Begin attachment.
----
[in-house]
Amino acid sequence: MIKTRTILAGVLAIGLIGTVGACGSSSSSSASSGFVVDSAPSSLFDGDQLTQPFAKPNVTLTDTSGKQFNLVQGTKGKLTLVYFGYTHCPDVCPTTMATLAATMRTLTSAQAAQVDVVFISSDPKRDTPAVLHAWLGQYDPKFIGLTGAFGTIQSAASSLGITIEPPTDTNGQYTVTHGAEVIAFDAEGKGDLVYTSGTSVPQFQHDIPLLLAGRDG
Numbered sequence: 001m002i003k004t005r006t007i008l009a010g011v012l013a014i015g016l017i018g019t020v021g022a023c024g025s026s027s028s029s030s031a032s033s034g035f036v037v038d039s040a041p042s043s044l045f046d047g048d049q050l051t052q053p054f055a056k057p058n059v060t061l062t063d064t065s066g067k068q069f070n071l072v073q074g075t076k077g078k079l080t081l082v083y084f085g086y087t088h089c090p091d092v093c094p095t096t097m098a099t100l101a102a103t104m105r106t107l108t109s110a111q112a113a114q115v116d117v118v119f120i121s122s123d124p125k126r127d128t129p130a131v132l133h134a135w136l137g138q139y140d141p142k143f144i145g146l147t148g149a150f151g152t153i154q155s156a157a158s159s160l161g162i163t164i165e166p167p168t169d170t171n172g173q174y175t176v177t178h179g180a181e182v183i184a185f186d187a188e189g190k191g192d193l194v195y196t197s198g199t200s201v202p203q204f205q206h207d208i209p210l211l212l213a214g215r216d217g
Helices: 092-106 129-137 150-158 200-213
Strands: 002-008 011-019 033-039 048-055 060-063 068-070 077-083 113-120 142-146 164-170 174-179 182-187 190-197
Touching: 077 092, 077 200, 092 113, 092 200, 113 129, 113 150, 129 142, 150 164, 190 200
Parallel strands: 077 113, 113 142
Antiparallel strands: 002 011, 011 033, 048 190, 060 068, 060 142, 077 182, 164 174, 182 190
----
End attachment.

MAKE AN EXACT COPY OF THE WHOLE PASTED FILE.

[in-house]
Amino acid sequence: MIKTRTILAGVLAIGLIGTVGACGSSSSSSASSGFVVDSAPSSLFDGDQLTQPFAKPNVTLTDTSGKQFNLVQGTKGKLTLVYFGYTHCPDVCPTTMATLAATMRTLTSAQAAQVDVVFISSDPKRDTPAVLHAWLGQYDPKFIGLTGAFGTIQSAASSLGITIEPPTDTNGQYTVTHGAEVIAFDAEGKGDLVYTSGTSVPQFQHDIPLLLAGRDG
Numbered sequence: 001m002i003k004t005r006t007i008l009a010g011v012l013a014i015g016l017i018g019t020v021g022a023c024g025s026s027s028s029s030s031a032s033s034g035f036v037v038d039s040a041p042s043s044l045f046d047g048d049q050l051t052q053p054f055a056k057p058n059v060t061l062t063d064t065s066g067k068q069f070n071l072v073q074g075t076k077g078k079l080t081l082v083y084f085g086y087t088h089c090p091d092v093c094p095t096t097m098a099t100l101a102a103t104m105r106t107l108t109s110a111q112a113a114q115v116d117v118v119f120i121s122s123d124p125k126r127d128t129p130a131v132l133h134a135w136l137g138q139y140d141p142k143f144i145g146l147t148g149a150f151g152t153i154q155s156a157a158s159s160l161g162i163t164i165e166p167p168t169d170t171n172g173q174y175t176v177t178h179g180a181e182v183i184a185f186d187a188e189g190k191g192d193l194v195y196t197s198g199t200s201v202p203q204f205q206h207d208i209p210l211l212l213a214g215r216d217g
Helices: 092-106 129-137 150-158 200-213
Strands: 002-008 011-019 033-039 048-055 060-063 068-070 077-083 113-120 142-146 164-170 174-179 182-187 190-197
Touching: 077 092, 077 200, 092 113, 092 200, 113 129, 113 150, 129 142, 150 164, 190 200
Parallel strands: 077 113, 113 142
Antiparallel strands: 002 011, 011 033, 048 190, 060 068, 060 142, 077 182, 164 174, 182 190